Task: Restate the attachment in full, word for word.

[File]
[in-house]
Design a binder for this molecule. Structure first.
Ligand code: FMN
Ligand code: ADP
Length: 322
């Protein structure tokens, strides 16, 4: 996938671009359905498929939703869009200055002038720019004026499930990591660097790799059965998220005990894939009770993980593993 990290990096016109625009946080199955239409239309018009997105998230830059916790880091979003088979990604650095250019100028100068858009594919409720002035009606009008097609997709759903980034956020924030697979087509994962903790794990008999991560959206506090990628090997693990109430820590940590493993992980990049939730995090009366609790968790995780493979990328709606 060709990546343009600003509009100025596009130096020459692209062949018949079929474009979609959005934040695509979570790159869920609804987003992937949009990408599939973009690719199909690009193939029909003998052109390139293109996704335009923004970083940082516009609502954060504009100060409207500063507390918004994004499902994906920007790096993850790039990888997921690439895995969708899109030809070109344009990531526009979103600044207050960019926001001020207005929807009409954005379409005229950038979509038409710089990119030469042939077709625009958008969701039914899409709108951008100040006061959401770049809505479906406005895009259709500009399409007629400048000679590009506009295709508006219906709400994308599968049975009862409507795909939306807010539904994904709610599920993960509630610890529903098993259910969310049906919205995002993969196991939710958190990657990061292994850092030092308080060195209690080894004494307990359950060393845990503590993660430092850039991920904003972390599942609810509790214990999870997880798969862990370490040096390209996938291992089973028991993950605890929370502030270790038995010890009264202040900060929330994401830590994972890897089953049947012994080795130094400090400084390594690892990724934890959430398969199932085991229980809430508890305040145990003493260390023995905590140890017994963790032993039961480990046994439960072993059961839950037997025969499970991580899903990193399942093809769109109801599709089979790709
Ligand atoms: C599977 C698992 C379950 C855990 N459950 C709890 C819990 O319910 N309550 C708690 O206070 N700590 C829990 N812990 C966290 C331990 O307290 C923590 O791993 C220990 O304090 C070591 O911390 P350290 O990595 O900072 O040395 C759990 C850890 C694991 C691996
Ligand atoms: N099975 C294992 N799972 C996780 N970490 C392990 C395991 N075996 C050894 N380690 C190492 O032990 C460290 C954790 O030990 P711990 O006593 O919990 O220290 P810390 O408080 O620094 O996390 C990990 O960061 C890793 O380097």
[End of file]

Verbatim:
[in-house]
Design a binder for this molecule. Structure first.
Ligand code: FMN
Ligand code: ADP
Length: 322
């Protein structure tokens, strides 16, 4: 996938671009359905498929939703869009200055002038720019004026499930990591660097790799059965998220005990894939009770993980593993 990290990096016109625009946080199955239409239309018009997105998230830059916790880091979003088979990604650095250019100028100068858009594919409720002035009606009008097609997709759903980034956020924030697979087509994962903790794990008999991560959206506090990628090997693990109430820590940590493993992980990049939730995090009366609790968790995780493979990328709606 060709990546343009600003509009100025596009130096020459692209062949018949079929474009979609959005934040695509979570790159869920609804987003992937949009990408599939973009690719199909690009193939029909003998052109390139293109996704335009923004970083940082516009609502954060504009100060409207500063507390918004994004499902994906920007790096993850790039990888997921690439895995969708899109030809070109344009990531526009979103600044207050960019926001001020207005929807009409954005379409005229950038979509038409710089990119030469042939077709625009958008969701039914899409709108951008100040006061959401770049809505479906406005895009259709500009399409007629400048000679590009506009295709508006219906709400994308599968049975009862409507795909939306807010539904994904709610599920993960509630610890529903098993259910969310049906919205995002993969196991939710958190990657990061292994850092030092308080060195209690080894004494307990359950060393845990503590993660430092850039991920904003972390599942609810509790214990999870997880798969862990370490040096390209996938291992089973028991993950605890929370502030270790038995010890009264202040900060929330994401830590994972890897089953049947012994080795130094400090400084390594690892990724934890959430398969199932085991229980809430508890305040145990003493260390023995905590140890017994963790032993039961480990046994439960072993059961839950037997025969499970991580899903990193399942093809769109109801599709089979790709
Ligand atoms: C599977 C698992 C379950 C855990 N459950 C709890 C819990 O319910 N309550 C708690 O206070 N700590 C829990 N812990 C966290 C331990 O307290 C923590 O791993 C220990 O304090 C070591 O911390 P350290 O990595 O900072 O040395 C759990 C850890 C694991 C691996
Ligand atoms: N099975 C294992 N799972 C996780 N970490 C392990 C395991 N075996 C050894 N380690 C190492 O032990 C460290 C954790 O030990 P711990 O006593 O919990 O220290 P810390 O408080 O620094 O996390 C990990 O960061 C890793 O380097």